‘Nazi Cows’ Tried to Kill British Farmer

A herd of cattle descended from cows bred by two Nazi zoologists to recreate the extinct Auroch of Teutonic legend proved too wild for Derek Gow—who was forced to cull the ‘lunatics.’


A British farmer has been forced to kill several cattle descended from animals that were specially bred by Nazis to be wild and untameable because they proved too wild and untameable to handle safely on his farm.

Derek Gow, an ecological consultant who runs a 600-acre farm in Devon, in southwestern England, imported 13 Heck cattle from European wilderness sanctuaries and bred up a herd of 20 but has now been forced to reduce the numbers to six of the most manageable beasts.

And no, he’s not some kind of agricultural Nazi expressing his views through his cattle holdings. He imported the big-shouldered horned cattle not just in the name of biodiversity—he runs his farm on ecological lines, and the farm’s natural habitats have been used as a set for numerous British wildlife documentaries—but also to be striking subjects for the photography school he runs.

Only one problem: You can’t get near them without provoking an attack.

“They were just way too aggressive to try and maintain on a farm here,” says Gow of his “Nazi cows.” “You couldn’t walk through a field with them in it. They would try and kill you. We just couldn’t have animals like that. We have kept two bulls and four cows, and from these nice calm ones, we will breed up more of a herd, but we are not keeping things that are lunatics.”

The extraordinary story of the Heck cattle goes back to Europe’s darkest days. The cows were bred in the 1920s and ’30s by the German brothers Heinz and Lutz Heck, two zoologists who were attempting to reverse engineer from modern cattle the extinct European Ox, the Auroch. The star of countless cave paintings, it was represented as the greatest prize of Aryan hunters such as Siegfried the Dragon-Slayer in Teutonic mythology.

The Heck brothers would, therefore, doubtless have been delighted at the inability of a British farmer to control their wild beasts.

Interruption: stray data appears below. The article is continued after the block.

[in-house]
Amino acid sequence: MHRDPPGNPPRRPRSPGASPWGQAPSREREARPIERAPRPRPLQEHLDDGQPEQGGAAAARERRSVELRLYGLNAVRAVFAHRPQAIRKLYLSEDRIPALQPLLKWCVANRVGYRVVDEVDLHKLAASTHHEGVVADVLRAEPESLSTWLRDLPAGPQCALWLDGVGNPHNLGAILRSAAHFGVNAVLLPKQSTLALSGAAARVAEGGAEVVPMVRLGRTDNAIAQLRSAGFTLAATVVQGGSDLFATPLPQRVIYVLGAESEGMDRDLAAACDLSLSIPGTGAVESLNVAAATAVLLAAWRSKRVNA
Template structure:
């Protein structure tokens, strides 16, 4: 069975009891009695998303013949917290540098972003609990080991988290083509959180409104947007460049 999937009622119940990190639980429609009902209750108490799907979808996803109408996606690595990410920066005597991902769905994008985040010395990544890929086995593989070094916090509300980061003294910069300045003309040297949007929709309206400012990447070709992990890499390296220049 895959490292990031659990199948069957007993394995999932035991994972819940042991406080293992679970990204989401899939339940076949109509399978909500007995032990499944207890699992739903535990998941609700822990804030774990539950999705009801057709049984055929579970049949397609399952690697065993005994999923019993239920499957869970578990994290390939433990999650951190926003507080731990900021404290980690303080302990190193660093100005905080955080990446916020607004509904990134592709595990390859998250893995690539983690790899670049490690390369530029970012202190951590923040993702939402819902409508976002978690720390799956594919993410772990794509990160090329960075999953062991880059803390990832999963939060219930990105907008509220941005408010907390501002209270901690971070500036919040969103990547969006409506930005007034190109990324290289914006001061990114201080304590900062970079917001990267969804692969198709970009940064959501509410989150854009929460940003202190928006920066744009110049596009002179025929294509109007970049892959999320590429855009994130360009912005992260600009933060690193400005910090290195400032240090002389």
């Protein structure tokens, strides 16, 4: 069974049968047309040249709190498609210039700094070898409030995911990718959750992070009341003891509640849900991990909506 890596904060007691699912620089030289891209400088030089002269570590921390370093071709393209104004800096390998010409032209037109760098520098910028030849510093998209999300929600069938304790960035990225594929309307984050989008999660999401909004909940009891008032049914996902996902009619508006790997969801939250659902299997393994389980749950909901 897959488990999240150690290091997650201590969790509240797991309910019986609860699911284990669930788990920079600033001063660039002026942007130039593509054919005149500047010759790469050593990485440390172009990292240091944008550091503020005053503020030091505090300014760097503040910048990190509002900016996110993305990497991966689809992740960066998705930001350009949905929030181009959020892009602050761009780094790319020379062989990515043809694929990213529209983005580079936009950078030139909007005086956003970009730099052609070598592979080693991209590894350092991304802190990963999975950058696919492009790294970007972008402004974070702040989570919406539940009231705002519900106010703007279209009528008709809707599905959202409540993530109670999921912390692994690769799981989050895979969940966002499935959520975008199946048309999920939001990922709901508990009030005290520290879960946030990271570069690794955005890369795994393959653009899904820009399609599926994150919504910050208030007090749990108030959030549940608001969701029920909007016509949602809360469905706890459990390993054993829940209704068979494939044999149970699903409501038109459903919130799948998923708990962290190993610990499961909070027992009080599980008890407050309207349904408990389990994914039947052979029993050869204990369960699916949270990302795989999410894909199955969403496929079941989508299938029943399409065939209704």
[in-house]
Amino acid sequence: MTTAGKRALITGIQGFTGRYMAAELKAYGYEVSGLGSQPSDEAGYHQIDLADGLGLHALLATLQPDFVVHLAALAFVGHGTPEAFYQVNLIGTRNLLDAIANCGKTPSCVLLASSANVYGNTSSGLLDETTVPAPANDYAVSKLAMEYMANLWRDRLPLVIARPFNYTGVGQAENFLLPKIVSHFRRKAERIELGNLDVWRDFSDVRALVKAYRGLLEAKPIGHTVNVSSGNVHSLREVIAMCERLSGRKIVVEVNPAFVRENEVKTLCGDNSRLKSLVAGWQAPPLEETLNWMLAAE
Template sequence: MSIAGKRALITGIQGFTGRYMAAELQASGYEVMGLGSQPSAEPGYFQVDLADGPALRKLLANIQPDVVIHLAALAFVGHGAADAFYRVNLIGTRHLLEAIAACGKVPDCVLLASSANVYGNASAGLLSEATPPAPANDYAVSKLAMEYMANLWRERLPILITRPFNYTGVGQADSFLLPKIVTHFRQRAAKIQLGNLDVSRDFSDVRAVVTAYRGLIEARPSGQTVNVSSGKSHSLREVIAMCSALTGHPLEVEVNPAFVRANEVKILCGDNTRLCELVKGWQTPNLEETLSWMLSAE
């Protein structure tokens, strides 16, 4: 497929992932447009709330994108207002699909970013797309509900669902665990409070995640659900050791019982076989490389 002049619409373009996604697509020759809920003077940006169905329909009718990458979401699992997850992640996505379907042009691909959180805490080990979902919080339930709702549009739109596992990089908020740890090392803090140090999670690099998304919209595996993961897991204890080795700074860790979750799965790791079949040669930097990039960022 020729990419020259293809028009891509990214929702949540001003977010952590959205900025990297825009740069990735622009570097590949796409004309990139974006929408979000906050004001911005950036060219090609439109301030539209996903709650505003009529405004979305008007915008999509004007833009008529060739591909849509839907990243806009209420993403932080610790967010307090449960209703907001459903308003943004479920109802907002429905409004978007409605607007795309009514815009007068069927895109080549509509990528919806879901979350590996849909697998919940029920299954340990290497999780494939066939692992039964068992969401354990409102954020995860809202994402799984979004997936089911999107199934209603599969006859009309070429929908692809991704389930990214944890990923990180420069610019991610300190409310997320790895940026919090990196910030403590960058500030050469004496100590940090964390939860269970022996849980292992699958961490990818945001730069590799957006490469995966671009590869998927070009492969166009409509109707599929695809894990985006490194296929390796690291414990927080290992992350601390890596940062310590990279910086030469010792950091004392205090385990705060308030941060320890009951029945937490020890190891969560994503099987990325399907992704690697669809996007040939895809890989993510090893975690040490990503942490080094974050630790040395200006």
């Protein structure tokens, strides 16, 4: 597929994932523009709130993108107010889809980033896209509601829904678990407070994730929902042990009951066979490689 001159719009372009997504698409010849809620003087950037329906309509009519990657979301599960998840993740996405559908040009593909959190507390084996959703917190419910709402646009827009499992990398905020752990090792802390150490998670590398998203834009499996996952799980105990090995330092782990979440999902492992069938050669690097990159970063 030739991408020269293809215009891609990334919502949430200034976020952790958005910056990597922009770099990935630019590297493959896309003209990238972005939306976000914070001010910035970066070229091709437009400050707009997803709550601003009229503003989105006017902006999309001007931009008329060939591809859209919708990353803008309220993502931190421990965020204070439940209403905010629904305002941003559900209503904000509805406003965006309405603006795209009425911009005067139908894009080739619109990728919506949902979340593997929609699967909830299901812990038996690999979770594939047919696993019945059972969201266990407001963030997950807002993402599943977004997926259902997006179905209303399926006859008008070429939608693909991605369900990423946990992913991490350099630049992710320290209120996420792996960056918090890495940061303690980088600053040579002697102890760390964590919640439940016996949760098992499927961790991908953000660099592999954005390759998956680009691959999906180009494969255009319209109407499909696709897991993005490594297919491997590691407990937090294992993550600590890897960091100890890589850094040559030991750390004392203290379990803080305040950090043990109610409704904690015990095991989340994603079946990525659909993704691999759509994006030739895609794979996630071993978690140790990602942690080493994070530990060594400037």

“When they were creating these animals at the beginning of the 20th century, the Heck brothers and their supporters, the Nazi Party, wanted this, this whole concept of wildness,” Gow told The Daily Beast in a telephone conversation from his farm. “The idea was to have something wild and Teutonic that went back to the days of Siegfried and his great hunting exploits. And therefore the idea that you created something untameable was very appealing to them, so they picked things like Spanish fighting cattle and incorporated them in the mix, and the net end result of that is you get some individuals that are just really very difficult.”

Ultimately, Gow says, the brothers failed in their efforts to recreate the Auroch.

As the journalist Jon Ronson noted in his documentary The Quest for the Aryan Cow, “It’s like mating a lizard with a toad and hoping to get a dinosaur.”

The attempt to “breed back” the Auroch of Teutonic legend was of a piece with the Nazi obsession with racial purity and eugenics.

“The long and short of it was that it fitted in with the kind of Lebensborn-type program where you had members of humanity selected for physical characteristics, and you use those as the ‘breeding’ people to produce a race of people that you wanted. It’s the same sort of thinking,” says Gow.

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“And the darkly sinister thing about the cattle was that, while you had these two brothers that were involved in this, at least one of whom was a well-connected member of the Nazi Party, after the Second World War they just blended back into life, they went on to become very eminent zoologists, they did kids’ TV programs, went on expeditions to Africa, wrote books, were on TV—and this aspect of their lives was just kind of swept completely under the carpet.”

“Eugenics was a flawed way of thinking,” says Gow. “And therefore, these things are incredibly color variable. So although you will look at one and it will look kind of like a cave painting, sometimes they chuck out calves that look like Highland or Jersey cattle. They just reflect the range of breeds that were used to create the Heck cattle in the first instance.

“Humans spent a long time domesticating cattle, and what they were trying to do, in essence, was de-domesticate them.”

And, as Gow adds wryly from his own personal experience, “To a huge extent they achieved that aim very well.”